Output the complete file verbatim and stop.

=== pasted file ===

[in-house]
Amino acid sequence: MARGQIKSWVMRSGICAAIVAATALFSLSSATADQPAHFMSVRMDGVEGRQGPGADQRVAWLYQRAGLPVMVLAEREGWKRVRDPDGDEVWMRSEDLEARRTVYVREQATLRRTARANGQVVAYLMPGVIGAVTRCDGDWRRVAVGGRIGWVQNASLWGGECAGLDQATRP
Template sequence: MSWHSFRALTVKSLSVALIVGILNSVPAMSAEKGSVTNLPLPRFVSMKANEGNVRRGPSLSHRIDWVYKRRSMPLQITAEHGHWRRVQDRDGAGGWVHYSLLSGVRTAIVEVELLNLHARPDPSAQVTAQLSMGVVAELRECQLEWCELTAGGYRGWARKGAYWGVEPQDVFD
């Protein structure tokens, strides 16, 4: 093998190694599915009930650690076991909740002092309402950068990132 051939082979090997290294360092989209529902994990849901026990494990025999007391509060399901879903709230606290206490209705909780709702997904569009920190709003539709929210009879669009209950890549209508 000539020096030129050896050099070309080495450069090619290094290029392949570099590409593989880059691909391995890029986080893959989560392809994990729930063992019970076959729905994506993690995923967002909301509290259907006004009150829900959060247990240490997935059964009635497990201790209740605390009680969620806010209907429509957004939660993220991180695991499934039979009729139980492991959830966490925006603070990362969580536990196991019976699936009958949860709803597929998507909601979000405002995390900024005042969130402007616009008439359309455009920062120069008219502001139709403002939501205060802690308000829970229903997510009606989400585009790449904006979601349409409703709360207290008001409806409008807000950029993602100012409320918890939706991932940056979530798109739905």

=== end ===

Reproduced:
[in-house]
Amino acid sequence: MARGQIKSWVMRSGICAAIVAATALFSLSSATADQPAHFMSVRMDGVEGRQGPGADQRVAWLYQRAGLPVMVLAEREGWKRVRDPDGDEVWMRSEDLEARRTVYVREQATLRRTARANGQVVAYLMPGVIGAVTRCDGDWRRVAVGGRIGWVQNASLWGGECAGLDQATRP
Template sequence: MSWHSFRALTVKSLSVALIVGILNSVPAMSAEKGSVTNLPLPRFVSMKANEGNVRRGPSLSHRIDWVYKRRSMPLQITAEHGHWRRVQDRDGAGGWVHYSLLSGVRTAIVEVELLNLHARPDPSAQVTAQLSMGVVAELRECQLEWCELTAGGYRGWARKGAYWGVEPQDVFD
């Protein structure tokens, strides 16, 4: 093998190694599915009930650690076991909740002092309402950068990132 051939082979090997290294360092989209529902994990849901026990494990025999007391509060399901879903709230606290206490209705909780709702997904569009920190709003539709929210009879669009209950890549209508 000539020096030129050896050099070309080495450069090619290094290029392949570099590409593989880059691909391995890029986080893959989560392809994990729930063992019970076959729905994506993690995923967002909301509290259907006004009150829900959060247990240490997935059964009635497990201790209740605390009680969620806010209907429509957004939660993220991180695991499934039979009729139980492991959830966490925006603070990362969580536990196991019976699936009958949860709803597929998507909601979000405002995390900024005042969130402007616009008439359309455009920062120069008219502001139709403002939501205060802690308000829970229903997510009606989400585009790449904006979601349409409703709360207290008001409806409008807000950029993602100012409320918890939706991932940056979530798109739905």